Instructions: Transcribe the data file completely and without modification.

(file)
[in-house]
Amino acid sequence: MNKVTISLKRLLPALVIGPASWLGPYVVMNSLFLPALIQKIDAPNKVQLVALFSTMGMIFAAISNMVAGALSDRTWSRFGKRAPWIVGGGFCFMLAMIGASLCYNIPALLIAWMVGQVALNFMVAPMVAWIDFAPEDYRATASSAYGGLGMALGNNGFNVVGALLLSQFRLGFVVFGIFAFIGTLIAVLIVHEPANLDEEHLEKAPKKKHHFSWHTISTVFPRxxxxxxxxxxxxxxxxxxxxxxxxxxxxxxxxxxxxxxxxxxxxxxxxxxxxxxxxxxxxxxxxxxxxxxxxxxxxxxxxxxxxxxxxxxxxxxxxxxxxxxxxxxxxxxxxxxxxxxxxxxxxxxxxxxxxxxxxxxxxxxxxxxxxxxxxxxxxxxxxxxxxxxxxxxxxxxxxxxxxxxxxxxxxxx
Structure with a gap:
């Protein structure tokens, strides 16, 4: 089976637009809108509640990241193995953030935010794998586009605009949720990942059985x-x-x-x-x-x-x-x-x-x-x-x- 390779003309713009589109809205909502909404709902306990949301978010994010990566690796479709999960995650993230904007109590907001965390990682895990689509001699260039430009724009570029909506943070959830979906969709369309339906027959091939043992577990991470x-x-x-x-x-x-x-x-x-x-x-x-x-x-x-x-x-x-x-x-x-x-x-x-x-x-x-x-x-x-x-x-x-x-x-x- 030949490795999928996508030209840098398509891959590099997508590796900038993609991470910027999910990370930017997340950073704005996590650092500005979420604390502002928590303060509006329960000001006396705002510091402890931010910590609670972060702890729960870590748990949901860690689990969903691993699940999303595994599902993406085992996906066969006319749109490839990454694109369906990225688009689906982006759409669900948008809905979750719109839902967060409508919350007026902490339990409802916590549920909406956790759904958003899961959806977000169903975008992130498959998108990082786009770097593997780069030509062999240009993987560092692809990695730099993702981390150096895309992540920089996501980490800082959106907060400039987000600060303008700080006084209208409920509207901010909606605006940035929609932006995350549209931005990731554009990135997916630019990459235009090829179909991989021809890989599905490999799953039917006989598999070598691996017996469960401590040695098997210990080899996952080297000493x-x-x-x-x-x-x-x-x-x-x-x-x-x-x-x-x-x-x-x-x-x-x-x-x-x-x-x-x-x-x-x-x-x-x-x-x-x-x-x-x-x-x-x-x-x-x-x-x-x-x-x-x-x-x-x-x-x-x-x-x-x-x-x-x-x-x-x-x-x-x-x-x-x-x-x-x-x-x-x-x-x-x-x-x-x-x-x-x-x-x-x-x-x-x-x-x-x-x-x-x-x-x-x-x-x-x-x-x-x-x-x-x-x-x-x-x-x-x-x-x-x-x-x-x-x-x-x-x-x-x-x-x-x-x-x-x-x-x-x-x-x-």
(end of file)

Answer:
[in-house]
Amino acid sequence: MNKVTISLKRLLPALVIGPASWLGPYVVMNSLFLPALIQKIDAPNKVQLVALFSTMGMIFAAISNMVAGALSDRTWSRFGKRAPWIVGGGFCFMLAMIGASLCYNIPALLIAWMVGQVALNFMVAPMVAWIDFAPEDYRATASSAYGGLGMALGNNGFNVVGALLLSQFRLGFVVFGIFAFIGTLIAVLIVHEPANLDEEHLEKAPKKKHHFSWHTISTVFPRxxxxxxxxxxxxxxxxxxxxxxxxxxxxxxxxxxxxxxxxxxxxxxxxxxxxxxxxxxxxxxxxxxxxxxxxxxxxxxxxxxxxxxxxxxxxxxxxxxxxxxxxxxxxxxxxxxxxxxxxxxxxxxxxxxxxxxxxxxxxxxxxxxxxxxxxxxxxxxxxxxxxxxxxxxxxxxxxxxxxxxxxxxxxxx
Structure with a gap:
């Protein structure tokens, strides 16, 4: 089976637009809108509640990241193995953030935010794998586009605009949720990942059985x-x-x-x-x-x-x-x-x-x-x-x- 390779003309713009589109809205909502909404709902306990949301978010994010990566690796479709999960995650993230904007109590907001965390990682895990689509001699260039430009724009570029909506943070959830979906969709369309339906027959091939043992577990991470x-x-x-x-x-x-x-x-x-x-x-x-x-x-x-x-x-x-x-x-x-x-x-x-x-x-x-x-x-x-x-x-x-x-x-x- 030949490795999928996508030209840098398509891959590099997508590796900038993609991470910027999910990370930017997340950073704005996590650092500005979420604390502002928590303060509006329960000001006396705002510091402890931010910590609670972060702890729960870590748990949901860690689990969903691993699940999303595994599902993406085992996906066969006319749109490839990454694109369906990225688009689906982006759409669900948008809905979750719109839902967060409508919350007026902490339990409802916590549920909406956790759904958003899961959806977000169903975008992130498959998108990082786009770097593997780069030509062999240009993987560092692809990695730099993702981390150096895309992540920089996501980490800082959106907060400039987000600060303008700080006084209208409920509207901010909606605006940035929609932006995350549209931005990731554009990135997916630019990459235009090829179909991989021809890989599905490999799953039917006989598999070598691996017996469960401590040695098997210990080899996952080297000493x-x-x-x-x-x-x-x-x-x-x-x-x-x-x-x-x-x-x-x-x-x-x-x-x-x-x-x-x-x-x-x-x-x-x-x-x-x-x-x-x-x-x-x-x-x-x-x-x-x-x-x-x-x-x-x-x-x-x-x-x-x-x-x-x-x-x-x-x-x-x-x-x-x-x-x-x-x-x-x-x-x-x-x-x-x-x-x-x-x-x-x-x-x-x-x-x-x-x-x-x-x-x-x-x-x-x-x-x-x-x-x-x-x-x-x-x-x-x-x-x-x-x-x-x-x-x-x-x-x-x-x-x-x-x-x-x-x-x-x-x-x-």